from the Apostle Paul was even more dramatic than that. He says food is not the issue,
it makes no difference to God what is in my stomach, God is not concerned with what food
is going into my stomach, or what my diet is, we are free in all of this. And it’s this
freedom that we have which makes whatever we do of any value anyways, not because we’re
slaves but because we’re free, that we undertake these things. So if we freely, willingly and
in fact eagerly undertake the disciplines which the Church sets before us in the weeks
to come then we might just begin to realize that we don’t depend on our creature comforts,
and only then might we come to realize that we depend upon God. Because in truth most
of us don’t think that most of the time. We think we depend upon our jobs, upon our houses,
upon our coffee, upon our chocolate or whatever else it might be. Only then, only once you’ve broken those forced
dependencies, only then will we come to know that we depend on God, only then will we come
to know God truly and only then will we come to know God acting in us. But in fact, the
freedom that Paul was speaking about was even more radical still, because in his letter
to the Corinthians he was talking about the freedom to eat meat which had been offered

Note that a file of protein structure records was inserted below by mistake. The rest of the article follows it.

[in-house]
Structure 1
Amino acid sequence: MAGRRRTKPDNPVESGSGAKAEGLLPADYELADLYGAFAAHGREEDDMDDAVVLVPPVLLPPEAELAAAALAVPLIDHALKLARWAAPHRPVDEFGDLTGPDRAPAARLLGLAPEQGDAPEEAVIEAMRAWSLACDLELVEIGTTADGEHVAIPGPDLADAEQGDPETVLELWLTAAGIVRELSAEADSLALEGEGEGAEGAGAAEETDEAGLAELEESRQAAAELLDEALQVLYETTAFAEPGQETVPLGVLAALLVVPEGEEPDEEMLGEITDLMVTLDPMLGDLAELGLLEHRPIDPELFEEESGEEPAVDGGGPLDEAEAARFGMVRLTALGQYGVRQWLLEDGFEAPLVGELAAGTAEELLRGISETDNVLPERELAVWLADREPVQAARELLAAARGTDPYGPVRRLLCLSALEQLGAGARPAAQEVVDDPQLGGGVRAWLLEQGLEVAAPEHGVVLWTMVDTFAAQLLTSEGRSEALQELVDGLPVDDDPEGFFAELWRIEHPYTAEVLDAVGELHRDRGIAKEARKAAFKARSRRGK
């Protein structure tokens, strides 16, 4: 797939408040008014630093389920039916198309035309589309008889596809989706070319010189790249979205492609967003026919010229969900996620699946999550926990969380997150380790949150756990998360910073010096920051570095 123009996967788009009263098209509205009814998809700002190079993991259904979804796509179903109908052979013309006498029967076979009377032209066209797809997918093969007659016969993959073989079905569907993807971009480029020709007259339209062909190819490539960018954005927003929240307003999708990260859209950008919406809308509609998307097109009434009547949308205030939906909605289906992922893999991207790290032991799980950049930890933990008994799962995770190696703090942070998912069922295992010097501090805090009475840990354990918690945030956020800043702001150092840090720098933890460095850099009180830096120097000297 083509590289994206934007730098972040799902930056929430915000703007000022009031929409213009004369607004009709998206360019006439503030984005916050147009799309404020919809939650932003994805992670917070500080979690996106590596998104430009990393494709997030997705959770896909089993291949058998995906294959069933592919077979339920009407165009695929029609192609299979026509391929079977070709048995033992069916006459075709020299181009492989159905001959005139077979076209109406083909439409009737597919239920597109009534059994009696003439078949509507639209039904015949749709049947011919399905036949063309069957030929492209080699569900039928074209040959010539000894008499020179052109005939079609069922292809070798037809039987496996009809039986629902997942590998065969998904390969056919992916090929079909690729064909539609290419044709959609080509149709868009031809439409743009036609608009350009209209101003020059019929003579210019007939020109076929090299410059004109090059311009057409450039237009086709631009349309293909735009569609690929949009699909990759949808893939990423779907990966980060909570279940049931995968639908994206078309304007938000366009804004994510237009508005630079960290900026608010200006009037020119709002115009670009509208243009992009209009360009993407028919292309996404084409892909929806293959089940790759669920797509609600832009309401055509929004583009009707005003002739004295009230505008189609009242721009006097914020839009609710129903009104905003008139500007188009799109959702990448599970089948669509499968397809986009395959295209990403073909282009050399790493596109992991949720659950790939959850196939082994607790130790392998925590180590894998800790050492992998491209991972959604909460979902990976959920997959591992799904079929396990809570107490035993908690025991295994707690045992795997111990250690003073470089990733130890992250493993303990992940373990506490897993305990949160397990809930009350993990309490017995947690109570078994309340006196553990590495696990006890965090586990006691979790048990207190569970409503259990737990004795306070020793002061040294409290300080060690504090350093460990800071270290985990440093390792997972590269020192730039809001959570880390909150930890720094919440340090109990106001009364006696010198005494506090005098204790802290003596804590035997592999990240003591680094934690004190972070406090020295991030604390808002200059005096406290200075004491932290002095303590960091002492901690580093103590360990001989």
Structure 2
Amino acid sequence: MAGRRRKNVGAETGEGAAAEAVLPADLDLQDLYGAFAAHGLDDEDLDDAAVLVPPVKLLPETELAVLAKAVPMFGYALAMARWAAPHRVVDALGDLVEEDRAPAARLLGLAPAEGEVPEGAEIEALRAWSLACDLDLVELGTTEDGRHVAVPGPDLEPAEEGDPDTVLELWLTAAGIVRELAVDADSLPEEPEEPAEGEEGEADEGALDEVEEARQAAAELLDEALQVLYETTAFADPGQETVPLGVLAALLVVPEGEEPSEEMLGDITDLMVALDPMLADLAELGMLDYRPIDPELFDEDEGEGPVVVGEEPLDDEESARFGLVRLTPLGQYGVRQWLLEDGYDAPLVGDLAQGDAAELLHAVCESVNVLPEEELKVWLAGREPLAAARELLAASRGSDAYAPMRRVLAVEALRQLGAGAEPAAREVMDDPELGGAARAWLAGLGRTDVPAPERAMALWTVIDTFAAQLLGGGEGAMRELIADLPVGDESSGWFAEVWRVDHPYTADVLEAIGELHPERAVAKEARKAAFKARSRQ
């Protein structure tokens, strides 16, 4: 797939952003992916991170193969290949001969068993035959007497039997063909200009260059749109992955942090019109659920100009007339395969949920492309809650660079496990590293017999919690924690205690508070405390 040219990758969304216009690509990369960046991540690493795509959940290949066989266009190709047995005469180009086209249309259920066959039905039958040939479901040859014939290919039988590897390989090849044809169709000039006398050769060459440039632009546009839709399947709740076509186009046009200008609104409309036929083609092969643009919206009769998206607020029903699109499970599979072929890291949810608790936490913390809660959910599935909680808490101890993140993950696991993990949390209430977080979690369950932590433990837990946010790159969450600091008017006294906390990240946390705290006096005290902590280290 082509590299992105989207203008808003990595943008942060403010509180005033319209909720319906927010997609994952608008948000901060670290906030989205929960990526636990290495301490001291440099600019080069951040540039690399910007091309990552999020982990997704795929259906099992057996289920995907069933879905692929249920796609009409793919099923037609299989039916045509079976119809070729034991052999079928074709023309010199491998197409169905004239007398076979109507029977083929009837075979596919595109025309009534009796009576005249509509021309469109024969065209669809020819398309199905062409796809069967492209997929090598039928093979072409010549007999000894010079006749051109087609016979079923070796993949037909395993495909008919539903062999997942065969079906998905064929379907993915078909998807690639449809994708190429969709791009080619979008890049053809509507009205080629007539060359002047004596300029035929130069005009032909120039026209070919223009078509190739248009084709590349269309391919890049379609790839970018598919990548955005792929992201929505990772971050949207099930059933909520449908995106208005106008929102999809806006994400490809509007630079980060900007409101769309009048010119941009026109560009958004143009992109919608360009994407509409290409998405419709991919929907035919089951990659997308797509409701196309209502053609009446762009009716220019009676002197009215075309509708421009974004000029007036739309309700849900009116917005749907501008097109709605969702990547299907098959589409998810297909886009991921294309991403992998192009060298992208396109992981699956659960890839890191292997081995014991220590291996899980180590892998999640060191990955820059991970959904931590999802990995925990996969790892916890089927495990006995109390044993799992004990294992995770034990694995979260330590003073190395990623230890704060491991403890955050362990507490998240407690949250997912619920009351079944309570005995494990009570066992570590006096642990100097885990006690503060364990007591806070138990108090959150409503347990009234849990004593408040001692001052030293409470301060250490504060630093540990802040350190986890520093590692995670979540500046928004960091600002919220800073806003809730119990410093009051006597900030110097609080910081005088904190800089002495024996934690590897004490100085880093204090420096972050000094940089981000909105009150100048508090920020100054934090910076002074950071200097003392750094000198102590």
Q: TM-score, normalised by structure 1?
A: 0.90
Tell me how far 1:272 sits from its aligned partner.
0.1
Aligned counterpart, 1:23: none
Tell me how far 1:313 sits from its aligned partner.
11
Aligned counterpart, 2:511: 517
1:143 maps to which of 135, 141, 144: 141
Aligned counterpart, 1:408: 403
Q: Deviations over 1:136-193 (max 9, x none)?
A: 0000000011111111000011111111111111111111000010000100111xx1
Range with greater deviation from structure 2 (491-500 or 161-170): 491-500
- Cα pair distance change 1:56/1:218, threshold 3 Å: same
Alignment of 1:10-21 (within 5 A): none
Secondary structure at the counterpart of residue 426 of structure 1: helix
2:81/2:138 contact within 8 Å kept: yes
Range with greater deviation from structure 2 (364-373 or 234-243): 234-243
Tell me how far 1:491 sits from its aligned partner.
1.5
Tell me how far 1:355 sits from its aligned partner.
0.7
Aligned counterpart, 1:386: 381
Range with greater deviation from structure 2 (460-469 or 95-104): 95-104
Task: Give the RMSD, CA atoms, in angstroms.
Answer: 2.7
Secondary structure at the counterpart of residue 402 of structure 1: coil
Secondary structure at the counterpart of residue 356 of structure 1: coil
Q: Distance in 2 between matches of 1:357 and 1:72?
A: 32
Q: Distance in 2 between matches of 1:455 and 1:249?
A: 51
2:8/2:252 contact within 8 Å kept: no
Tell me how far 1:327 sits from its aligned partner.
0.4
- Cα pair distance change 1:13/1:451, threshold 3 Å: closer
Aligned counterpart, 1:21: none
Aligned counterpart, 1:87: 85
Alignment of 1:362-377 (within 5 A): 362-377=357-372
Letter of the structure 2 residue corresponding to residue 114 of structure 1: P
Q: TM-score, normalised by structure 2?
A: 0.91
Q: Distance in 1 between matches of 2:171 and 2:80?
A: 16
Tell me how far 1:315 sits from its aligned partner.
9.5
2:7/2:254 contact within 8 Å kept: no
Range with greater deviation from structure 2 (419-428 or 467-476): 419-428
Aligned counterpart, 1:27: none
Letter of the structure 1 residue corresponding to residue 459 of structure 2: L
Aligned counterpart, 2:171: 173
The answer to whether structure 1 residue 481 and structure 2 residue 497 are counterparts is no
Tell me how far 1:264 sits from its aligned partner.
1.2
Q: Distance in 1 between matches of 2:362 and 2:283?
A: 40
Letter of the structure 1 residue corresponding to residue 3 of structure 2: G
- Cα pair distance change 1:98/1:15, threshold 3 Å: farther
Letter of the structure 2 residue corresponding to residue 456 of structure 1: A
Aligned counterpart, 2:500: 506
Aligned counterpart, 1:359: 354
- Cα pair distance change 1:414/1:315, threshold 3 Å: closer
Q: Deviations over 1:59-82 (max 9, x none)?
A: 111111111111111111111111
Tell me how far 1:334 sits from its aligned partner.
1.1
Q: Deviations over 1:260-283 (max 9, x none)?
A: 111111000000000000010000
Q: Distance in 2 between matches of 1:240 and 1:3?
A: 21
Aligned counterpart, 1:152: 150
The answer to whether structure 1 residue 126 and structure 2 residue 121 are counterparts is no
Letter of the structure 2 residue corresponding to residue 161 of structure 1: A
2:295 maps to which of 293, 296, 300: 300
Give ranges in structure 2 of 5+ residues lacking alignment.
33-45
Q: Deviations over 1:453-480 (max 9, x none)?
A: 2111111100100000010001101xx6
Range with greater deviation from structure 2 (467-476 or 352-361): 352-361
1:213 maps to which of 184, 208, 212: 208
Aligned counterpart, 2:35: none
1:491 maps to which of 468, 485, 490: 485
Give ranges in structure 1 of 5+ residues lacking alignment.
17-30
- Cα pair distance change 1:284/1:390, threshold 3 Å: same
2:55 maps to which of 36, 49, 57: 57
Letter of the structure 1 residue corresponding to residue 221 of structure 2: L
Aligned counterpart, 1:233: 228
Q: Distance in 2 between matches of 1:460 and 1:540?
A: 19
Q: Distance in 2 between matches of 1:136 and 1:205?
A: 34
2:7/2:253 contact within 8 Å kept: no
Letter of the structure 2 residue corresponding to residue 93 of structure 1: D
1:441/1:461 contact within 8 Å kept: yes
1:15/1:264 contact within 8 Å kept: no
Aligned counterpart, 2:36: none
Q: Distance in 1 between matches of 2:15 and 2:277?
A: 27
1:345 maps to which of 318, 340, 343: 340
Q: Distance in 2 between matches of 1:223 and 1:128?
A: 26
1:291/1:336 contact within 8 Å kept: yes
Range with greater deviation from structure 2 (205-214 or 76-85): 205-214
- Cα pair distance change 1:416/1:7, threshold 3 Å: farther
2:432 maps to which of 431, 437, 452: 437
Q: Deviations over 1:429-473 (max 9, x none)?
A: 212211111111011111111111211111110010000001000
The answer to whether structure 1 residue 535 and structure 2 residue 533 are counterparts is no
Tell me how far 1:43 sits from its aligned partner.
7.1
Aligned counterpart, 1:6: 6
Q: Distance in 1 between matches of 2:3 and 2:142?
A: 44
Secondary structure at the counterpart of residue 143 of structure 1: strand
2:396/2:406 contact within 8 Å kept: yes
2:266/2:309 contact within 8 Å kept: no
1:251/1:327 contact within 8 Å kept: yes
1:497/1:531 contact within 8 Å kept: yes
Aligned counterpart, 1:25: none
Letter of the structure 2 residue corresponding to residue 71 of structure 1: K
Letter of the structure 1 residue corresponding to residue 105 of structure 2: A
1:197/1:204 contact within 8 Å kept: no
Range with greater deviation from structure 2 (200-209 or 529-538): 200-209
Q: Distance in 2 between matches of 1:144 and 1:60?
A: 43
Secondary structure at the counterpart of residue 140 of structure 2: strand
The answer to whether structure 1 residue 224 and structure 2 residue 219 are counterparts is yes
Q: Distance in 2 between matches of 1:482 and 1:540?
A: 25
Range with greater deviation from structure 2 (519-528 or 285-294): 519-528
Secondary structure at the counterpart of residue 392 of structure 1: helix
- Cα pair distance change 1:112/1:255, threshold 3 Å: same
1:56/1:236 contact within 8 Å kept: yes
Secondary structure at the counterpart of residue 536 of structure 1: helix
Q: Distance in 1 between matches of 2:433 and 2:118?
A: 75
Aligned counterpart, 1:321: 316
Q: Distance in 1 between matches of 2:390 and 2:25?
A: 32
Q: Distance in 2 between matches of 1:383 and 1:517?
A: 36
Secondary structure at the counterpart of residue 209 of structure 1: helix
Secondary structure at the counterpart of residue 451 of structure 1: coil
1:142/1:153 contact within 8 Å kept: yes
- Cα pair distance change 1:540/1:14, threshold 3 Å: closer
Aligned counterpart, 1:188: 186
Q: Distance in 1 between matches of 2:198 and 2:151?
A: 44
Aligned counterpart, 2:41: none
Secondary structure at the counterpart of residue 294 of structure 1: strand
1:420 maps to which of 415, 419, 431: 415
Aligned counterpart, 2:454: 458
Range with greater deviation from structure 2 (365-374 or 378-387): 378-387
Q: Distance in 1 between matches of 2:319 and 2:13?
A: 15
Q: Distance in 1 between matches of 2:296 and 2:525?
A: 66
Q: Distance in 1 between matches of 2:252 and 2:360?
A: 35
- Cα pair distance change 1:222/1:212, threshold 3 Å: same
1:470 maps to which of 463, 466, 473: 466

to pagan idols, in pagan temples. Eating food that has been offered to idols, that is the
very paradigm, the very height of religious devotion, after all it is in fact what we
are doing, we come together as the body of Christ to partake in His Body, our central
act, our central sacramental act is one of eating. So when Paul says that in fact we’re
free to eat the meat which has been offered to pagan gods and pagan idols in pagan temples,
it is a really dramatic statement. Some really strong language indeed. But he says we can
only do this because we know that the pagan idols are non-existent, they don’t really
exist, they’ve got no substance, and therefore there is no pagan idol, there is no pagan
god, it doesn’t exist, the food that has been offered to them is completely free for us
to eat. But then he warns us, if our eating such food,
and this freedom to eat this food is really the height of freedom, if our freedom to eat
this food causes a scandal to our brothers, perhaps leads them astray, such that they
might also eat food offered in a pagan temple while they think that the pagan god is real,
we’ve led them astray in that case, and we’ve misused our freedom to the destruction of
others. And we are responsible then for having misused our freedom in a way which has injured
the very one for whom Christ has died for. So as we move ever closer to Great Lent, we’re
reminded that we are totally free, with a provisor that whatever we do must be done
for the building up of the body rather than the destruction of the body. The building
up of the body. So having being confirmed in our liberty and
having being warned what a dangerous liberty it is, and having heard over the last two
Sundays, with the Publican and the Pharisee, and the Prodigal Son, having heard about God’s
inexhaustible love, about God’s inexhaustible patience, that He’s ready to receive every
sinner who returns to Him, whenever they return, we are then reminded in today’s Gospel of
the opposite side of the same truth. That the God who receives sinners back does so
as their judge. As we heard today in the Gospel, when Christ
comes sitting in Glory, Sitting upon His Throne, when Christ comes again in Glory, He Comes
as our judge. Let’s make no mistake about that. We enter Great Lent with this image